Workplace Etiquette: The Cubicle

Has it really been 20 years since I received my J.D.?? Yes, in fact, it has been! And while I have worked in many different roles and for many different employers, I’ve always had a private office.  I cringed at the idea of shared work space. I resisted cubicle seating for as long as I could, but my time has officially come.  In keeping with the trend of enhancing collaboration and saving costs, my company moved me and my team into office cubicles.  I’ve been in my new cube for a few weeks now, and to be honest, I’m struggling with the change. So, I decided to figure out how to make this work for me. I started thinking about what was bothering me and came up with some ways to make this fun and enjoyable. As always, I incorporated basic etiquette techniques to make improvements.  With the cooperation of the whole team, the suggestions I came up with should make things much better.

Let’s start with a few key components of working successfully in the shared office space: greetings, noise, and image. 


A person’s cube is still a personal space, even though there aren’t walls and a door. When we are visitors, we must respect the time and space of our fellow colleagues.   Just as someone refrains from barging into an office or opening a closed door, we should knock lightly and ask permission to enter another’s cubicle.  Be mindful of your colleagues’ need to concentrate and work without interruption.  Don’t assume that your colleagues are automatically available when you pass by or need to speak to them.  Look to see if they are on the phone before addressing them.  If they are, don’t hover; go back to your workspace and email or instant message that you need to talk.  If you have a next door neighbor, don’t hang over the wall to talk.  If a colleague is not within normal voice range, do not shout at them across the cubes.  Instead, dial their phone extension and talk through the phone.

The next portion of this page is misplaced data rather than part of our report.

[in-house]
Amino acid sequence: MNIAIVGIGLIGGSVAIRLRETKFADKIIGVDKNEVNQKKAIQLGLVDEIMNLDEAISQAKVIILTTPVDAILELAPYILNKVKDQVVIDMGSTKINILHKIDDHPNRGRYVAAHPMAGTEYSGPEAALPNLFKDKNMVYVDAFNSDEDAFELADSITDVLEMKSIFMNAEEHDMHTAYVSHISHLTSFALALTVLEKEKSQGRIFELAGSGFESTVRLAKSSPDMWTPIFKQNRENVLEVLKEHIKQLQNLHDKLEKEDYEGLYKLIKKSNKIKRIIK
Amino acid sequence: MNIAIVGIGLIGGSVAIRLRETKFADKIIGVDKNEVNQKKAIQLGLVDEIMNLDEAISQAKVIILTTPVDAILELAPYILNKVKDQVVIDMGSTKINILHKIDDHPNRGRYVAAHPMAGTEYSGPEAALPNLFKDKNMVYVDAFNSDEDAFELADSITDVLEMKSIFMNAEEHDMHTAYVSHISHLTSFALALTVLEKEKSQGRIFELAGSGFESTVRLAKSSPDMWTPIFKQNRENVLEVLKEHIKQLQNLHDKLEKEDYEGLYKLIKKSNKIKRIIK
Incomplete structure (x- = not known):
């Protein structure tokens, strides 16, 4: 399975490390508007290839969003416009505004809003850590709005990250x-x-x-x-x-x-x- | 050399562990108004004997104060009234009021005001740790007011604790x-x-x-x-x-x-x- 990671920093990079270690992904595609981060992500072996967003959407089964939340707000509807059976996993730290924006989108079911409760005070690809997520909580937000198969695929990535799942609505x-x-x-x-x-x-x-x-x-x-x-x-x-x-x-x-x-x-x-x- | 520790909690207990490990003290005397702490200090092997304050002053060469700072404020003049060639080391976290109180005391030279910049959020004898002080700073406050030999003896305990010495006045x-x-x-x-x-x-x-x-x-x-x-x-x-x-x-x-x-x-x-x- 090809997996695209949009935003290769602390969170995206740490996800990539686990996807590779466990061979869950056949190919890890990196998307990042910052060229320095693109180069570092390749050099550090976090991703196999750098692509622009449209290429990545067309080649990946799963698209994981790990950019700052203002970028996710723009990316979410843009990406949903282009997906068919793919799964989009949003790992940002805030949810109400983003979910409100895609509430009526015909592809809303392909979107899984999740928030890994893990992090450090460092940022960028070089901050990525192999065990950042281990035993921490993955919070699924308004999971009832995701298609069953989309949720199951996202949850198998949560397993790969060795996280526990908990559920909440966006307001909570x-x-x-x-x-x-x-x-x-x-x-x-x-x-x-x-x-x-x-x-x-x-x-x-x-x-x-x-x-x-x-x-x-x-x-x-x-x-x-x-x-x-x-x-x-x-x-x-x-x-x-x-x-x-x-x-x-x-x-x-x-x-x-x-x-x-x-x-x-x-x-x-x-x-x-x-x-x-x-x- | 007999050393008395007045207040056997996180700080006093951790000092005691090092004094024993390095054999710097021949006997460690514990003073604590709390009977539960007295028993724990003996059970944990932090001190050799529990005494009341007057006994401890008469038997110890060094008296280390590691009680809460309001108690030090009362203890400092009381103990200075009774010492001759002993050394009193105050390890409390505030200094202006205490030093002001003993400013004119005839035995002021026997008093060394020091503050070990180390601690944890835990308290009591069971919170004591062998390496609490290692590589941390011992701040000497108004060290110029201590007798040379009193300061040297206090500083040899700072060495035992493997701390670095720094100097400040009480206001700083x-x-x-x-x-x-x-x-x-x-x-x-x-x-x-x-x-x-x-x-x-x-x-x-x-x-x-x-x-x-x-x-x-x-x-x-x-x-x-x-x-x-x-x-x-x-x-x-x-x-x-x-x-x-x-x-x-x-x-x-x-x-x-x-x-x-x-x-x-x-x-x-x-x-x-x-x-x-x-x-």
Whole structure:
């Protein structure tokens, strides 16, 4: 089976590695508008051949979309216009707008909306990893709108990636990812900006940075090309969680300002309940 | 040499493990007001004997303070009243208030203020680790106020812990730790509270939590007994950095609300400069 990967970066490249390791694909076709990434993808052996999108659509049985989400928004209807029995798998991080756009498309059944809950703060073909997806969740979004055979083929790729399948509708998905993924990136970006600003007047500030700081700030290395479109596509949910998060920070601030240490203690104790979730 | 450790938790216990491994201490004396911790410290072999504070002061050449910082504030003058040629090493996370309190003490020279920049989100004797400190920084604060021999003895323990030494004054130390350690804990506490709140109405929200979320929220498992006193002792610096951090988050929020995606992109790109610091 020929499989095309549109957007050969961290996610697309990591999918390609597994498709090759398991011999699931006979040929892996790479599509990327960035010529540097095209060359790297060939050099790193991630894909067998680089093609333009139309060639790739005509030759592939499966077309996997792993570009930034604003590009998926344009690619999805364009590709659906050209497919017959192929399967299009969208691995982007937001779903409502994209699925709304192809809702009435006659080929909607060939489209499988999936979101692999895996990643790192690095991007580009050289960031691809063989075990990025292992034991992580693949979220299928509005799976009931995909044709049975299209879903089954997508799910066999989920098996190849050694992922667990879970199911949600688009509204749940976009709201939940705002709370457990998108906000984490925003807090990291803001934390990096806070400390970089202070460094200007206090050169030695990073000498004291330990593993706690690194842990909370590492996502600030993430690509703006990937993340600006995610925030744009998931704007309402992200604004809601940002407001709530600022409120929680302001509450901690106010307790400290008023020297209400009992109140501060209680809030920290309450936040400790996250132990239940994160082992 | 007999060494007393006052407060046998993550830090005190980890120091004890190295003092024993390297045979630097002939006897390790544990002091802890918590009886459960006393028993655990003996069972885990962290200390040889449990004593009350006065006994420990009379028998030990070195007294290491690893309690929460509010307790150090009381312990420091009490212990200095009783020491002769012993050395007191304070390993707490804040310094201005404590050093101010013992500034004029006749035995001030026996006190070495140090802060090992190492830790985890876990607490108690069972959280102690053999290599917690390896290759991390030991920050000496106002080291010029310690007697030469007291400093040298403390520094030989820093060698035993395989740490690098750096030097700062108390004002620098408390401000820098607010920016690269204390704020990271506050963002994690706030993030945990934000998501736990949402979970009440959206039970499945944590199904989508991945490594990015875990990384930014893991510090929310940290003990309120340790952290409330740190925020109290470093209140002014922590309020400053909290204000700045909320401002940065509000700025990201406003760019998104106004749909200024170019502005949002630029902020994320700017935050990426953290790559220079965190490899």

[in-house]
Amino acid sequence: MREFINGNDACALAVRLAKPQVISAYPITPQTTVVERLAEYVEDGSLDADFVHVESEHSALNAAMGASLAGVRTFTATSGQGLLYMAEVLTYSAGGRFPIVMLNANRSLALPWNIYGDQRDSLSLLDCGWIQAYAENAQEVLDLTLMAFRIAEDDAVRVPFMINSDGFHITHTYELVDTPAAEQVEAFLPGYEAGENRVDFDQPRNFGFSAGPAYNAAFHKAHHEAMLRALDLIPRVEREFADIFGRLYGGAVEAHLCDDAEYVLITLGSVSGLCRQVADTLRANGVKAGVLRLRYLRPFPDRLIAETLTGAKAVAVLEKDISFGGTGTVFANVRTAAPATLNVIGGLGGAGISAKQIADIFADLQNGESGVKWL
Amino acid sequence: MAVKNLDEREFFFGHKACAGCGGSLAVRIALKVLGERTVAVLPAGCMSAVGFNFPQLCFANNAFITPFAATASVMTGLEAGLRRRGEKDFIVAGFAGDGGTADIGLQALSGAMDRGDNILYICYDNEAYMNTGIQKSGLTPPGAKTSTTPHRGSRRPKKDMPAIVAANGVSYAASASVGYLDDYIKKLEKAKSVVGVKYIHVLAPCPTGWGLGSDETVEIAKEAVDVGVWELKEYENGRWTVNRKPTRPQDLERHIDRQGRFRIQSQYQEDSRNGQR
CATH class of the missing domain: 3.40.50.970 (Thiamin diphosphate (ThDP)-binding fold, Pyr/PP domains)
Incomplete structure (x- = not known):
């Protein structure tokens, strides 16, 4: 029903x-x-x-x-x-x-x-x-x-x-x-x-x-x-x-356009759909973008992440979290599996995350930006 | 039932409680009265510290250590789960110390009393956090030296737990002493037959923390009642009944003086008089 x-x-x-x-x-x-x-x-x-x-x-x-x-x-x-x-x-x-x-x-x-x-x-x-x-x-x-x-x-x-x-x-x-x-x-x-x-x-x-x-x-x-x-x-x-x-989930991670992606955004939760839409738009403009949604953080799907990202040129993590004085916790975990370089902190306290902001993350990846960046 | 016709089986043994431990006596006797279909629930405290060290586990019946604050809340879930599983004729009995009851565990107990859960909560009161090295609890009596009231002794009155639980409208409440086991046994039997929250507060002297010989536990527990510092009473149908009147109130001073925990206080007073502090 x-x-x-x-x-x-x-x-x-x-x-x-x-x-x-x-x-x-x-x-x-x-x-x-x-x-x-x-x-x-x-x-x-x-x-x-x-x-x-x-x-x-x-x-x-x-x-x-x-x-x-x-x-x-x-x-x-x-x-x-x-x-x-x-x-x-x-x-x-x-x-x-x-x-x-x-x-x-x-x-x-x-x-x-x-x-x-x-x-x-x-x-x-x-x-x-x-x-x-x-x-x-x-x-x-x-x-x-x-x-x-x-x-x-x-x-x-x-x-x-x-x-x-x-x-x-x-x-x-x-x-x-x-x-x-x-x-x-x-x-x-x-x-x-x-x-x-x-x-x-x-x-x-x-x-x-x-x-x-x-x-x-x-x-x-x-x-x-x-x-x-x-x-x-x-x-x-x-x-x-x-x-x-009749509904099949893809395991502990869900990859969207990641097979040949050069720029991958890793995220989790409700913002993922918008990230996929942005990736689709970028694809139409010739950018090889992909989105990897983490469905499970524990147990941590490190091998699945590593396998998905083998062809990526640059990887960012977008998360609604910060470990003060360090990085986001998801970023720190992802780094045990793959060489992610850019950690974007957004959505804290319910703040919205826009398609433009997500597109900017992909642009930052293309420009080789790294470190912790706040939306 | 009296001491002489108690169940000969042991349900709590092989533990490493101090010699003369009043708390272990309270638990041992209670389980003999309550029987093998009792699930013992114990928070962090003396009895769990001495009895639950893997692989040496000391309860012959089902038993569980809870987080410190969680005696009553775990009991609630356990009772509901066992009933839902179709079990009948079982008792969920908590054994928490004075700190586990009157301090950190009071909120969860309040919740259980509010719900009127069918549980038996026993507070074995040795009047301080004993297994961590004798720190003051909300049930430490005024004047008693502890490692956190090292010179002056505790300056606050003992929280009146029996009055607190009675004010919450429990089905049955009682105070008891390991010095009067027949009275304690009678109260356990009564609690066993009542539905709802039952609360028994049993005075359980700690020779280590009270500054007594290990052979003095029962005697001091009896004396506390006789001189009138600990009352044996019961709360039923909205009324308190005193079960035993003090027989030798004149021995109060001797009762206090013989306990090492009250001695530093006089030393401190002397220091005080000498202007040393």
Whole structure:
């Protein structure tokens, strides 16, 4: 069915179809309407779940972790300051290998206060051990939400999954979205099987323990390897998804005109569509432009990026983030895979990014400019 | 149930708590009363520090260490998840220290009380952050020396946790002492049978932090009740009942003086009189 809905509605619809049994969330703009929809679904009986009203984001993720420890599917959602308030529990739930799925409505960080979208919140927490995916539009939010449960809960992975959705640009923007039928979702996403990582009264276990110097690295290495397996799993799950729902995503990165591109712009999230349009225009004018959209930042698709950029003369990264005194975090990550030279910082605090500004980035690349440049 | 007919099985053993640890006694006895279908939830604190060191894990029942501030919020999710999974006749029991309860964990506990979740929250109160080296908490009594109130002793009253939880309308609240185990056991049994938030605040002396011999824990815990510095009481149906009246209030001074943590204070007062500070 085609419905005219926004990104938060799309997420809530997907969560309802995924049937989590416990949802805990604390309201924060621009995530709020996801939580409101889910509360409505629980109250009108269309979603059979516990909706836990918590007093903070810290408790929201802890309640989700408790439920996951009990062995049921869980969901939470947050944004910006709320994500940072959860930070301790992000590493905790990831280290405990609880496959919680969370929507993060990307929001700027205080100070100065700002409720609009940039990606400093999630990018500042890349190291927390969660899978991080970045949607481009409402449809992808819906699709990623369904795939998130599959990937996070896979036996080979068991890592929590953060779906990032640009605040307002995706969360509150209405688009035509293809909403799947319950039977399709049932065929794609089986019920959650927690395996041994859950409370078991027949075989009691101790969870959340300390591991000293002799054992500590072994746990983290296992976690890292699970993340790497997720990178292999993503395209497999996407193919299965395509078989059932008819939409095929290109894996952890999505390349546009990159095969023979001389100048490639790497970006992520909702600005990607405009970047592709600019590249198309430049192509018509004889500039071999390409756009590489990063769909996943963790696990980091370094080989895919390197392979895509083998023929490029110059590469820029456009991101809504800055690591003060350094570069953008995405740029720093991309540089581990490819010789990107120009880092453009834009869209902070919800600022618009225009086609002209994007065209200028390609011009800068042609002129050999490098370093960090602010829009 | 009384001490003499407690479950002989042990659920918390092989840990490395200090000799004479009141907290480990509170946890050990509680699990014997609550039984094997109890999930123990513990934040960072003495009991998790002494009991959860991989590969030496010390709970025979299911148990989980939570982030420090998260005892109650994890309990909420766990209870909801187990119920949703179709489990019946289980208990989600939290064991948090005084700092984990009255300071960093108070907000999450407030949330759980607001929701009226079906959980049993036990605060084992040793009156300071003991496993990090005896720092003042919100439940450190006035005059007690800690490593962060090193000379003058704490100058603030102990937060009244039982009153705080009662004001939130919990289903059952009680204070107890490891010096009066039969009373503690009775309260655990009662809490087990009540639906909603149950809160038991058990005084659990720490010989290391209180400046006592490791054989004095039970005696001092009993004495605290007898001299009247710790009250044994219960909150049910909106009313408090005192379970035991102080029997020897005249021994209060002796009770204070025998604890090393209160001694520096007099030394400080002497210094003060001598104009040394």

Do you stand when someone enters your cube?   Yes, if the person is a client, visitor or your CEO.  If they come back a second time, standing is not necessary.  Standing is not necessary if the person is a colleague.


The noise level, and frequent distractions, are by far the hardest adjustment for me – and I’m the worst offender in our office.  I have a loud voice and I seem to talk louder when on the phone.  I am making a concerted effort to speak more softly and tune out other conversations.  Take a deep yoga breath before a call—this will help you modulate your voice more effectively. Assume everyone can hear everything you say and discuss confidential or sensitive matters in a private space or after hours.  Don’t spread gossip if you overhear something of a personal nature. 

Avoid using a speaker phone and group gatherings around a cube.  Use a head set and a conference room for meetings. If you listen to music at your desk, wear earbuds or headphones. 


In an open environment where everything is more transparent, it’s important to maintain a professional image in your workspace.  I used to pile up files and loose paper on my bookcase, and keep extra pairs of shoes under my desk.  Now, I use hanging files in drawers and put my shoes in a box under my desk.  Think about what others will think before you pin articles or jokes on your cube walls.  Stay organized with neat files and keep only what you really need. 

If you need to correct a coworker who is disruptive, do so politely. Try phases like: “Would you please come around to my desk?” or “I’m working on something right now that needs my full attention.”

Above all, maintain a positive attitude.  Be upbeat and helpful to others.  Accept change and business realities.  Shared space is just another way to connect to others and productive collaboration thrives in this environment.

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